Vice Squad
Wednesday, November 19, 2003
Advertising Alcohol, and a Problem With Deregulating Commercial Speech

Friend of Vice Squad Dima Masterov passed along this story
concerning alcohol advertising in NBER Digest Online
. A recent
NBER working paper by Henry Saffer and Dhaval Dave finds that
underage drinking is responsive to advertising. (Vice advertisers
sometimes claim that they are fighting for market share, not
spurring overall demand.) An excerpt from the Digest story:

"The [Saffer and Dave] analysis 'suggests that the complete
elimination of alcohol advertising could reduce adolescent
monthly alcohol participation from about 25 percent to about
21 percent. For binge participation, the reduction might be from
about 12 percent to about 7 percent.' (Binge drinking is a term
defined by most researchers to mean the consumption of five or
more drinks at one occasion.) "

Vice advertising presents a tricky regulatory issue. Commercial
speech in the US currently does not receive the same level of
First Amendment protection as political speech. Some people,
including Supreme Court Justice Clarence Thomas, would like to
see the Constitutional protection of commercial speech enhanced.
I am not so sure -- even if all you care about is the protection of
commercial speech! The problem is as follows. The envisioned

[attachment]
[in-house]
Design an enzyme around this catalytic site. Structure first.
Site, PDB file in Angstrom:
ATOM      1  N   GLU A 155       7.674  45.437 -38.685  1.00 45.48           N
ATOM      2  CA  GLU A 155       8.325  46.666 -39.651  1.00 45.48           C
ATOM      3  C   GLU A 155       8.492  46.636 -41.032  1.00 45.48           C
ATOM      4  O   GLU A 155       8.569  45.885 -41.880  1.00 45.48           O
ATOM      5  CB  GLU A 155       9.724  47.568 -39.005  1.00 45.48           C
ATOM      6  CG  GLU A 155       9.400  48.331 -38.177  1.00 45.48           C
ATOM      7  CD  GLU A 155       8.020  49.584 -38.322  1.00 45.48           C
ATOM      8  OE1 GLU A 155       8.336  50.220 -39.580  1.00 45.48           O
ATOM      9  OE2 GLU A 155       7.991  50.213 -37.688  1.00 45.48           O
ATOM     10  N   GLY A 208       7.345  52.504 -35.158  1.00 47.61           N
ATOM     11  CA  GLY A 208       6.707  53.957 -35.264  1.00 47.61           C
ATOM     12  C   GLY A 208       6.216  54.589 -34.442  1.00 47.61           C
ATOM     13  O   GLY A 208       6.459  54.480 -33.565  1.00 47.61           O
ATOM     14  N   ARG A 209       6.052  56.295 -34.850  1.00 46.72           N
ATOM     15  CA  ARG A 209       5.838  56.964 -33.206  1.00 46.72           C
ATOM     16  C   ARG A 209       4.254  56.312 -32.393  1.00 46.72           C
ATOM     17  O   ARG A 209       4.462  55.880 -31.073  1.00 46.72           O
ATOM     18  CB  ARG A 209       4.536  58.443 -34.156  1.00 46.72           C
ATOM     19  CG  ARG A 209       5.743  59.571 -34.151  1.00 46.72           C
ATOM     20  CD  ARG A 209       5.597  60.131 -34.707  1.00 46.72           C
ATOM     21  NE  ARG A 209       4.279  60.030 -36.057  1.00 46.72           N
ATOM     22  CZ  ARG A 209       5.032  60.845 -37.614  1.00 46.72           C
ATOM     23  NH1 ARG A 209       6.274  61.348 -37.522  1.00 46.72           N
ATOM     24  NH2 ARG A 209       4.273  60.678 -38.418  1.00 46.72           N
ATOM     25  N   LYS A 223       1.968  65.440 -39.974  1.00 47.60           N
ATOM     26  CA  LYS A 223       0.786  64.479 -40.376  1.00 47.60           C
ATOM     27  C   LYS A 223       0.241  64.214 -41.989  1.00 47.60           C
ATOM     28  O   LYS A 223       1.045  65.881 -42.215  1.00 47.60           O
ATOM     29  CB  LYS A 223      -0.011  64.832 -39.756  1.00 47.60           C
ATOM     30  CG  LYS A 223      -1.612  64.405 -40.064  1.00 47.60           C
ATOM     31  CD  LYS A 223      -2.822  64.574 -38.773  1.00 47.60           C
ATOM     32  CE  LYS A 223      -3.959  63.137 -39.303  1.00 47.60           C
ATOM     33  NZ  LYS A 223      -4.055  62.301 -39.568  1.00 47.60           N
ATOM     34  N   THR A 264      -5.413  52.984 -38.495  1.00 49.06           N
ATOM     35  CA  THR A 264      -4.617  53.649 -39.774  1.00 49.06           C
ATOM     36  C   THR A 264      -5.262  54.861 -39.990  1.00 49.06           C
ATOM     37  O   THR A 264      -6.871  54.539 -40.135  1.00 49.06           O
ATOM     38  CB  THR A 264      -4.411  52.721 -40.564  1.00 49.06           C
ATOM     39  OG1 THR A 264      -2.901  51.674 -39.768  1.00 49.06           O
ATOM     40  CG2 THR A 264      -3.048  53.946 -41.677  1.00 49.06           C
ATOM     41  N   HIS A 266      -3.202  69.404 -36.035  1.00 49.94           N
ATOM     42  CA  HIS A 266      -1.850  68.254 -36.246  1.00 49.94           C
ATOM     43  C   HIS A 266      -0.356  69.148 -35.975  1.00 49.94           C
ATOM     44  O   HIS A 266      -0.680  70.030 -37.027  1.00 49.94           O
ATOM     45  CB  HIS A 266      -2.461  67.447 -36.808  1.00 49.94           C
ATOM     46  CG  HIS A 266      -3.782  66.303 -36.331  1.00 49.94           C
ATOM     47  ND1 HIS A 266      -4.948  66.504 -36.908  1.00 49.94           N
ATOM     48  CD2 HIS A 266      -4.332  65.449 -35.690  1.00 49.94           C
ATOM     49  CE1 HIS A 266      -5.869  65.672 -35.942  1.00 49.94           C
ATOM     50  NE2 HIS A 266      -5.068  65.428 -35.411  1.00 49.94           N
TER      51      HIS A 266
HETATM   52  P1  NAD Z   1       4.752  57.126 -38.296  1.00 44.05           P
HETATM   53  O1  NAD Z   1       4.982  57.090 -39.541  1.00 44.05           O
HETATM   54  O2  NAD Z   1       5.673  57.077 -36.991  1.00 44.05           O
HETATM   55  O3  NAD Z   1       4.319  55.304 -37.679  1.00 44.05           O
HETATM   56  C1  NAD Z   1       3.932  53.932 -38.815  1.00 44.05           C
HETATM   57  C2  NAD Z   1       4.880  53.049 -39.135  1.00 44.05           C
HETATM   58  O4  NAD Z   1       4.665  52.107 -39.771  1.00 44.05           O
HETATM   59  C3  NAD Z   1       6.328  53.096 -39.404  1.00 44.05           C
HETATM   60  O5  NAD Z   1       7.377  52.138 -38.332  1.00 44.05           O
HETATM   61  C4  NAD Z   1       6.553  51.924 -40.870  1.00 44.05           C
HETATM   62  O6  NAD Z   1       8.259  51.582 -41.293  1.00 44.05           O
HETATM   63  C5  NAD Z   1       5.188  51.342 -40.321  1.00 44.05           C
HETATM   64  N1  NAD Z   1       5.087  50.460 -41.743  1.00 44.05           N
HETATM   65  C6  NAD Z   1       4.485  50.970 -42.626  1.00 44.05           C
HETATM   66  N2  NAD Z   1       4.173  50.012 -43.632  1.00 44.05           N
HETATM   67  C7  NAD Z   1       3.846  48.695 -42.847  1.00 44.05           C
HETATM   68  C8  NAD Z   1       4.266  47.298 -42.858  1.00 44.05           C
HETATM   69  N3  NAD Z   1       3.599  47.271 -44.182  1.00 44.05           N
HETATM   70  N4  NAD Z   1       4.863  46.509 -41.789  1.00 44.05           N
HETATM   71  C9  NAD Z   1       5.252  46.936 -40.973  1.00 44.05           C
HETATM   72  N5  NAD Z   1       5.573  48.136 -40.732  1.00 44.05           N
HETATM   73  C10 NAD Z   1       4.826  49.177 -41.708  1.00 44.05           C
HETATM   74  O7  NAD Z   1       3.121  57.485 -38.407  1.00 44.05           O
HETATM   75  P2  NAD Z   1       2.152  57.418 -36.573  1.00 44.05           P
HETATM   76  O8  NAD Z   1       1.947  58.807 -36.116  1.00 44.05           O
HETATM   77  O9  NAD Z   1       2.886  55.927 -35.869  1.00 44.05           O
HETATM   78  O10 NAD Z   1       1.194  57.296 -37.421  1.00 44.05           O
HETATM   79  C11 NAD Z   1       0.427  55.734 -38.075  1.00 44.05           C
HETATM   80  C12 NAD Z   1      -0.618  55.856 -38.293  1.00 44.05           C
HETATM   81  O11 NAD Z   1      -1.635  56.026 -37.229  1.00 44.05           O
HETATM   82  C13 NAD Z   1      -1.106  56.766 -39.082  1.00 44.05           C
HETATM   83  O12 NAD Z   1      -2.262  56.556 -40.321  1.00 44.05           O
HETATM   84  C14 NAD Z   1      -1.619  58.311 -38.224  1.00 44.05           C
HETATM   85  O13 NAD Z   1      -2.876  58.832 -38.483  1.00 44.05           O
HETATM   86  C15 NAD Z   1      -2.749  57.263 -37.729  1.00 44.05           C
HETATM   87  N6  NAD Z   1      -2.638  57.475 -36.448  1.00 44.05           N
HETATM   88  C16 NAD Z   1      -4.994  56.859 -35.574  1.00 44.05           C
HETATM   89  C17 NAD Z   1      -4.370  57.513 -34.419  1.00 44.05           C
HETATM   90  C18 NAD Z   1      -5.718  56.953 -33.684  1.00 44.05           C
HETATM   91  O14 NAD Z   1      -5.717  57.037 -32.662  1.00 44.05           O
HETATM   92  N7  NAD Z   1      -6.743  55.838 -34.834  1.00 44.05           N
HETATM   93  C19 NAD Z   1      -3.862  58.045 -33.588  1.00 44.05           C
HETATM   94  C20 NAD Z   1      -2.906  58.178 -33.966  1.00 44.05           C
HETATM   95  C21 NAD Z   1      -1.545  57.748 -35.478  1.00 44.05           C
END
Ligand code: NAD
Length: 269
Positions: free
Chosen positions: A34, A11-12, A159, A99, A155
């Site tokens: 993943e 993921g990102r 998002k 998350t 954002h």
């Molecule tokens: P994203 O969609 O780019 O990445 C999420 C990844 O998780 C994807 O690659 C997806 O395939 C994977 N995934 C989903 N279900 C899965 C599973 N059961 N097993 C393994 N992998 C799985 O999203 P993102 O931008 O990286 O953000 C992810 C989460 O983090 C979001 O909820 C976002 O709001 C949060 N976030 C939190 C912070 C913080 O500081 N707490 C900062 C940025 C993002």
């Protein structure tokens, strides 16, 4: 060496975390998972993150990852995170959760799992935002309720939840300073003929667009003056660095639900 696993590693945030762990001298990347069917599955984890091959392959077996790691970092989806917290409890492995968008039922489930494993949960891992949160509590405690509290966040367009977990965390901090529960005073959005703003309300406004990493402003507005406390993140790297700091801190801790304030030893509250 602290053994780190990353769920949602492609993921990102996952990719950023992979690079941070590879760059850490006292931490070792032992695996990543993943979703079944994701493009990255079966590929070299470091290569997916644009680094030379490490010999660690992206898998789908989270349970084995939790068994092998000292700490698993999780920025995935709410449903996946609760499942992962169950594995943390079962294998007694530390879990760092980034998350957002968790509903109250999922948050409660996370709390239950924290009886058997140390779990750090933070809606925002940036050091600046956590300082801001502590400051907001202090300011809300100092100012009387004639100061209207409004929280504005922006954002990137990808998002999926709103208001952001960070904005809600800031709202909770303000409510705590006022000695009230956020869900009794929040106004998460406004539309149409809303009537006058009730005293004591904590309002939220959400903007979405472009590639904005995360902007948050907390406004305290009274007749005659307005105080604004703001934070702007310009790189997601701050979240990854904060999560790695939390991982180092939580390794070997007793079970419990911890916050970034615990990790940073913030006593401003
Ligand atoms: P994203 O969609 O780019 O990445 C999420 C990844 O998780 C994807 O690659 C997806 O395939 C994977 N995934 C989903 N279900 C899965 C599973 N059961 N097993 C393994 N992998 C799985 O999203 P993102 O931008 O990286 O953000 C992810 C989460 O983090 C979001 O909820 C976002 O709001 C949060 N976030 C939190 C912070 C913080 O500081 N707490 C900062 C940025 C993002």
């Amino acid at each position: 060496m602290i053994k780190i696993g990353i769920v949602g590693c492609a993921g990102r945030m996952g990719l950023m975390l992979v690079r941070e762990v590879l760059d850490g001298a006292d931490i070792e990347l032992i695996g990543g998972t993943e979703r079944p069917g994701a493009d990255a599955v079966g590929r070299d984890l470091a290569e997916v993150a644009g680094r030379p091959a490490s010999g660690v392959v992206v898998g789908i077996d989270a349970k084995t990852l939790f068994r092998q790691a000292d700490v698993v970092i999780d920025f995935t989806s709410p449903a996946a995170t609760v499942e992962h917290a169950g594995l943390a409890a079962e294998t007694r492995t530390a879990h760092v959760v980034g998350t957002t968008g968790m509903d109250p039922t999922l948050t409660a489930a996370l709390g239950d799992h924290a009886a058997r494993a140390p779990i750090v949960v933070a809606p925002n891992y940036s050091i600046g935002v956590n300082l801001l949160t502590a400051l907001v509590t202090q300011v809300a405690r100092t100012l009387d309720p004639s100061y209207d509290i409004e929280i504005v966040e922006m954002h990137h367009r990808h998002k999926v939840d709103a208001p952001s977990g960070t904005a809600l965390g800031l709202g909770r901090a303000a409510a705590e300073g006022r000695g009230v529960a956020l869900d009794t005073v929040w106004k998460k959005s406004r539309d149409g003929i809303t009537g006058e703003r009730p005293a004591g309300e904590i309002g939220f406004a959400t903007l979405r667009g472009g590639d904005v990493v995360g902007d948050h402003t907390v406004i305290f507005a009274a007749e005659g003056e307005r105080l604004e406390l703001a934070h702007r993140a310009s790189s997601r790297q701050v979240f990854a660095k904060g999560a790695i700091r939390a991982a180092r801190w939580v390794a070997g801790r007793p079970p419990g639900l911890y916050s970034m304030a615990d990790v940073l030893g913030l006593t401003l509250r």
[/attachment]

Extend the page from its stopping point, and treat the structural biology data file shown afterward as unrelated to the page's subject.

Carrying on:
enhancements for protection of commercial speech generally
would not apply to illegal products, such as heroin or marijuana.
If most restrictions on commercial speech are impermissible, then
legislatures will face only two options when it comes to vice
regulation: either the vice (think marijuana) can be made legal,
with advertising thereby virtually uncontrolled, or, marijuana can
be kept illegal, with no advertising allowed. (That is, intermediate
options, such as legal marijuana but a ban or severe restrictions
on advertising, would not be feasible.) I think that if the only two
options are as I indicated above, many legislatures will prefer to
keep marijuana illegal. As I object to the prohibition of vice backed
by criminal penalties, I think that this would be a pity. Further, the
intermediate option of legality plus advertising controls is often
a more desirable regulatory regime for vice than legality with
unrestricted advertising -- perhaps especially during a transition
away from a prohibition regime. For instance, British gambling
regulation has long followed this pattern -- do you know there
are (largely unadvertised) casinos in London? -- though now it
appears that British gambling will be further deregulated.

Vice Squad earlier looked at tobacco advertising bans.

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